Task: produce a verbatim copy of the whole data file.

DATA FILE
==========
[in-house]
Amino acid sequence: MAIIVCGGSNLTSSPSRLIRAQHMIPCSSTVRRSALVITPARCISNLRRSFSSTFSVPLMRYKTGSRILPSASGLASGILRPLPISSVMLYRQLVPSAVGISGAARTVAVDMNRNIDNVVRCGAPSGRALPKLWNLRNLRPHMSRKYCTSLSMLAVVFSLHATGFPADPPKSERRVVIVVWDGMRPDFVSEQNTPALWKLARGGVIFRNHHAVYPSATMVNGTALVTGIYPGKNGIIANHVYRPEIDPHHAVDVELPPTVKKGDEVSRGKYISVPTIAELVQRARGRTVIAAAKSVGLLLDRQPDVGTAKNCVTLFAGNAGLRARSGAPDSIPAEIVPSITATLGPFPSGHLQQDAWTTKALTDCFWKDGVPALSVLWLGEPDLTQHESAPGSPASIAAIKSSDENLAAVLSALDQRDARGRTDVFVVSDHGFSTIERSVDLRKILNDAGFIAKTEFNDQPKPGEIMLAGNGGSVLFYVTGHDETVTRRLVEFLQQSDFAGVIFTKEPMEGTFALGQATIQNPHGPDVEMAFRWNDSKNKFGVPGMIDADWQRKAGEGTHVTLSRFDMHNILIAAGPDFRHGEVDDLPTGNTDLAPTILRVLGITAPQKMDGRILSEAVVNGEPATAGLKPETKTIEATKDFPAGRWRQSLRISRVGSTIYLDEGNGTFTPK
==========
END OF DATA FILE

[in-house]
Amino acid sequence: MAIIVCGGSNLTSSPSRLIRAQHMIPCSSTVRRSALVITPARCISNLRRSFSSTFSVPLMRYKTGSRILPSASGLASGILRPLPISSVMLYRQLVPSAVGISGAARTVAVDMNRNIDNVVRCGAPSGRALPKLWNLRNLRPHMSRKYCTSLSMLAVVFSLHATGFPADPPKSERRVVIVVWDGMRPDFVSEQNTPALWKLARGGVIFRNHHAVYPSATMVNGTALVTGIYPGKNGIIANHVYRPEIDPHHAVDVELPPTVKKGDEVSRGKYISVPTIAELVQRARGRTVIAAAKSVGLLLDRQPDVGTAKNCVTLFAGNAGLRARSGAPDSIPAEIVPSITATLGPFPSGHLQQDAWTTKALTDCFWKDGVPALSVLWLGEPDLTQHESAPGSPASIAAIKSSDENLAAVLSALDQRDARGRTDVFVVSDHGFSTIERSVDLRKILNDAGFIAKTEFNDQPKPGEIMLAGNGGSVLFYVTGHDETVTRRLVEFLQQSDFAGVIFTKEPMEGTFALGQATIQNPHGPDVEMAFRWNDSKNKFGVPGMIDADWQRKAGEGTHVTLSRFDMHNILIAAGPDFRHGEVDDLPTGNTDLAPTILRVLGITAPQKMDGRILSEAVVNGEPATAGLKPETKTIEATKDFPAGRWRQSLRISRVGSTIYLDEGNGTFTPK